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GLEN ARTNEY

These first three images were captured in amazing woodland I chanced upon one day while exploring lonely Glen Artney, a few miles to the south of Comrie in Perthshire. Initially, I thought the path running through the wood was on public ground but as I continued further into the wood it appeared more and more to be on private property. As I later discovered it was in fact private but with a public right of access, phew!

lochan | Glen Artney | Perthshire

lochan | Glen Artney | Perthshire

I love the “look” of this and the following lochan picture; they remind me of Monet paintings, if I do say so myself.
1/3 sec @ f/16  ISO 100  Nikon D810 with 70-200mm f/2.8 lens @ 200mm

 

lochan | Glen Artney | Perthshire

lochan | Glen Artney | Perthshire

0.6 sec @ f/16  ISO 100  Nikon D810 with 70-200mm f/2.8 lens @ 135mm

 

wooden seat, silver birches | Glen Artney | Perthshire

wooden seat, silver birches | Glen Artney | Perthshire

A bit of a strange one here with two silver birch trees inter-twinned above a derelict wooden bench; I think the image works well as an infrared capture.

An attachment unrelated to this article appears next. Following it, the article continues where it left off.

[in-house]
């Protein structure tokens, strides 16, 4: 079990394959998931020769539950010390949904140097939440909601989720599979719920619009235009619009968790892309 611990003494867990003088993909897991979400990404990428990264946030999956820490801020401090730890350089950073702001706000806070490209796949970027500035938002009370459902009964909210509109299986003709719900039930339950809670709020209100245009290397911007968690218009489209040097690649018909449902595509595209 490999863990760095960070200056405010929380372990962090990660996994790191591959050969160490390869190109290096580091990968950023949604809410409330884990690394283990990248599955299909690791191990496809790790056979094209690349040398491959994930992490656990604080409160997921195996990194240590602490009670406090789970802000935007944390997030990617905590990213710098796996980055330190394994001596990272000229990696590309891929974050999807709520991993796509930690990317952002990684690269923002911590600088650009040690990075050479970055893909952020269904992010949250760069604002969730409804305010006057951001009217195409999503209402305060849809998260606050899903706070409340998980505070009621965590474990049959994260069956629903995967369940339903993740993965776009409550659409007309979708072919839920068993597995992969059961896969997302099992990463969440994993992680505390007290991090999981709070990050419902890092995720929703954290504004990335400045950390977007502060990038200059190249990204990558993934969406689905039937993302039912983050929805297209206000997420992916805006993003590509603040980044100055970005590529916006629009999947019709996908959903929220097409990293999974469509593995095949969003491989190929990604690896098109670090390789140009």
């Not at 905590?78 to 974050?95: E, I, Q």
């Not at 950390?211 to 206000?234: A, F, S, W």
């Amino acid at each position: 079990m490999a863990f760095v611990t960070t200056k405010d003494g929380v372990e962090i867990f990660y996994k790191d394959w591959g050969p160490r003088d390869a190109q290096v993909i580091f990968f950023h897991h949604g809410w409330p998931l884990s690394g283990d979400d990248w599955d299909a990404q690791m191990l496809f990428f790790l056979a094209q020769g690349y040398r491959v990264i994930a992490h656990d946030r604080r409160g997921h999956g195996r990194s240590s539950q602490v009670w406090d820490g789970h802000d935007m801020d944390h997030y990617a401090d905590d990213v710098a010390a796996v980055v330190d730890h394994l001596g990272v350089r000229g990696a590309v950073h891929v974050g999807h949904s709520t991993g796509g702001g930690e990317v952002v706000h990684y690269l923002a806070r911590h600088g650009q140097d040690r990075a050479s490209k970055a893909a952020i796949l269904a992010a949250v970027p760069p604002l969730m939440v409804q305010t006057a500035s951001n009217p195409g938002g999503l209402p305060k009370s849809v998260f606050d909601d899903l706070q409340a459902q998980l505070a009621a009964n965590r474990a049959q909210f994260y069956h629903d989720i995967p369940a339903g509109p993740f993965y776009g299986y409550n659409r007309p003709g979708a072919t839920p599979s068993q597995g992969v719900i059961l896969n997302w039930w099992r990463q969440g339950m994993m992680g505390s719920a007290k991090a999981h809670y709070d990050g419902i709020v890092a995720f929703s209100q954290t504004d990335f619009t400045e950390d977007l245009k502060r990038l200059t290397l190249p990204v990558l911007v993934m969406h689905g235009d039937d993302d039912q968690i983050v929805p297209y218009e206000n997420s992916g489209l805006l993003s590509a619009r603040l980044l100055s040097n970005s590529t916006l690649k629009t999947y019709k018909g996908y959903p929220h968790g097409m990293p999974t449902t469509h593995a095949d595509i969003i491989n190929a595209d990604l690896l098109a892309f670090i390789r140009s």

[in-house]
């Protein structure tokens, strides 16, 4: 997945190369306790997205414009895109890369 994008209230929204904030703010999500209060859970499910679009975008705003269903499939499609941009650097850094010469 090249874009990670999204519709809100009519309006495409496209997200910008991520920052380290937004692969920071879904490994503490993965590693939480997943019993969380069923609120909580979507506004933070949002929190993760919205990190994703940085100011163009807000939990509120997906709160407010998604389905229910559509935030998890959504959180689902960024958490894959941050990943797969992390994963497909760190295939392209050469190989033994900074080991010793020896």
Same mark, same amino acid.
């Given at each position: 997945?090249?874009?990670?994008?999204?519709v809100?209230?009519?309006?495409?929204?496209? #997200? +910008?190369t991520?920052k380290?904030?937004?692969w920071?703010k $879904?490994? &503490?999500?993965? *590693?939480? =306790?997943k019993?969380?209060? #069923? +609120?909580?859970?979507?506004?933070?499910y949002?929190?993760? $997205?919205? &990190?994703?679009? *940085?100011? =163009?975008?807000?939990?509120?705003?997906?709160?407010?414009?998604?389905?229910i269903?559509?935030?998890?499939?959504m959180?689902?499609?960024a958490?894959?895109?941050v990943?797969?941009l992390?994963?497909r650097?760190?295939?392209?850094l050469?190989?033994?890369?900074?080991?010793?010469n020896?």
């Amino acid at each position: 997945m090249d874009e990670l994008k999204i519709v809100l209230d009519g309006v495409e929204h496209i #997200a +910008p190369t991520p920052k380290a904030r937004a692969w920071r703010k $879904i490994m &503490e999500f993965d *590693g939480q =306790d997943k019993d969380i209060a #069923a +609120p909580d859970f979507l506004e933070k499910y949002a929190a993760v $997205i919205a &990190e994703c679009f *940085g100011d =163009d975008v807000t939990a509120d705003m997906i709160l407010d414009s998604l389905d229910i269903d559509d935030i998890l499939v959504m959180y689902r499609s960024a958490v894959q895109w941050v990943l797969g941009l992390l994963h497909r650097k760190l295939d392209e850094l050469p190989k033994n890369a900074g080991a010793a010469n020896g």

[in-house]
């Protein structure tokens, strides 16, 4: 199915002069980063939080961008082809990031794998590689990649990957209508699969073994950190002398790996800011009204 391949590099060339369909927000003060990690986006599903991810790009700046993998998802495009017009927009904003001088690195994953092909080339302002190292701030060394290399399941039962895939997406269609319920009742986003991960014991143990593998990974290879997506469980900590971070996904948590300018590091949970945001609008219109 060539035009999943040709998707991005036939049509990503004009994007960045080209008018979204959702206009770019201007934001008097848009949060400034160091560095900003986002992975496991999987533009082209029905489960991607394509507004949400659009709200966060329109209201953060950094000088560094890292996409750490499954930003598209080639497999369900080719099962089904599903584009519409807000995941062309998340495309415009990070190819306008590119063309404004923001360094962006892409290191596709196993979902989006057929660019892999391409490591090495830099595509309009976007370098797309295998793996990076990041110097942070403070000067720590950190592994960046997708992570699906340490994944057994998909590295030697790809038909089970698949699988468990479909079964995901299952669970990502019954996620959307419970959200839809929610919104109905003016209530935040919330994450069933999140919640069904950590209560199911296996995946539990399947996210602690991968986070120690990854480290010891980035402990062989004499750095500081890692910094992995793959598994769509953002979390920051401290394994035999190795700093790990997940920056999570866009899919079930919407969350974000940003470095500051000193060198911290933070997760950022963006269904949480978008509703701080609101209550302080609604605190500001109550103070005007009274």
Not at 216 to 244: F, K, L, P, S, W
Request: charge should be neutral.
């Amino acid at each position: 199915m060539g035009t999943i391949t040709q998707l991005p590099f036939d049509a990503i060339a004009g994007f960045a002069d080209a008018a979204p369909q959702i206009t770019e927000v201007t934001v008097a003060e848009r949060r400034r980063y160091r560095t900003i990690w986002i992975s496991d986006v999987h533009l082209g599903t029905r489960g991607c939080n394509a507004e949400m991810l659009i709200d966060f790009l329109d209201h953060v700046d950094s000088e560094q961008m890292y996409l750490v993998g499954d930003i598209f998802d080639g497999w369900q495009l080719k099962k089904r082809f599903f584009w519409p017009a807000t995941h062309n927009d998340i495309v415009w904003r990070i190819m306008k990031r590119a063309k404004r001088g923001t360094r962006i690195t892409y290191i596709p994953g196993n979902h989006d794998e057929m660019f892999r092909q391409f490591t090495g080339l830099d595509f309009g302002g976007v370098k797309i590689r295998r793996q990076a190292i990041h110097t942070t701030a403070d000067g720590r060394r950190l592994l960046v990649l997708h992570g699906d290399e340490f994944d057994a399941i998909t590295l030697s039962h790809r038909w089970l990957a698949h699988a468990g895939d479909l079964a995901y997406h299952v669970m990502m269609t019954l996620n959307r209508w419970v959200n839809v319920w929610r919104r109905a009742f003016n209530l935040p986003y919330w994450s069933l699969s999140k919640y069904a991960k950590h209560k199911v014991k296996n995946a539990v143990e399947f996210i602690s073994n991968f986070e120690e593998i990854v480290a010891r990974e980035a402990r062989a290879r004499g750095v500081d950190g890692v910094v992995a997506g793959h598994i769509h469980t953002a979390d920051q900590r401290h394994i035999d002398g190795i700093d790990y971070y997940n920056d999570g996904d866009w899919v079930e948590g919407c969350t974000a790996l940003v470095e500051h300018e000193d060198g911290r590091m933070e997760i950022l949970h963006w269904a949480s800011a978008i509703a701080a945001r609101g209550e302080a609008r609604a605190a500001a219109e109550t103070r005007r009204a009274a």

1/50 sec @ f/8  ISO 200  Nikon D3 with 70-200mm f/2.8 lens @ 86mm   Infrared

 

Allt Na Drochaide | Glen Artney | Perthshire

Allt Na Drochaide | Glen Artney | Perthshire

This is not a particularly high waterfall but it displays a lot of character. Apparently the Gaelic name Allt Na Drochaide translates as “a burn by a wooden bridge”
1.3 sec @ f/16  ISO 100  Nikon D810 with 45mm f/2.8 Tilt + Shift lens

 

upper fall | Allt Na Drochaide | Glen Artney | Perthshire

upper fall | Allt Na Drochaide | Glen Artney | Perthshire

This is the upper section of the Allt Na Drochaide fall (a burn by a wooden bridge) as seen in my earlier photograph.
1 sec @ f/16  ISO 100  Nikon D810 with 16-35mm f/4 lens @ 17mm

FOOTNOTE:  AUGUST 2017

I thought it would be a nice gesture to drop off a Fine Art print of the first image seen in this post, ‘lochan | Glen Artney | Perthshire‘ to the owners of the woodland, who as it turned out were a Buddhist hermitage community. This probably goes to explain why I sensed the woodland to be such a special, peaceful place. In response, I was honoured to receive this gracious email:

Greetings, Sandy,

A quick note to say thank you for the copy of the beautiful photo you took last year here at Milntuim.
In fact, having thought about it and  looking back, I do remember your visit and showing you the lower woods.
You are always welcome to come and take more photos when the spirit moves you; the only proviso would be to be aware that there may be someone in retreat in the meditation hut above the lochan, so best to not go too close – otherwise, anywhere else should be OK.
With all good wishes,
Sister Candasiri​

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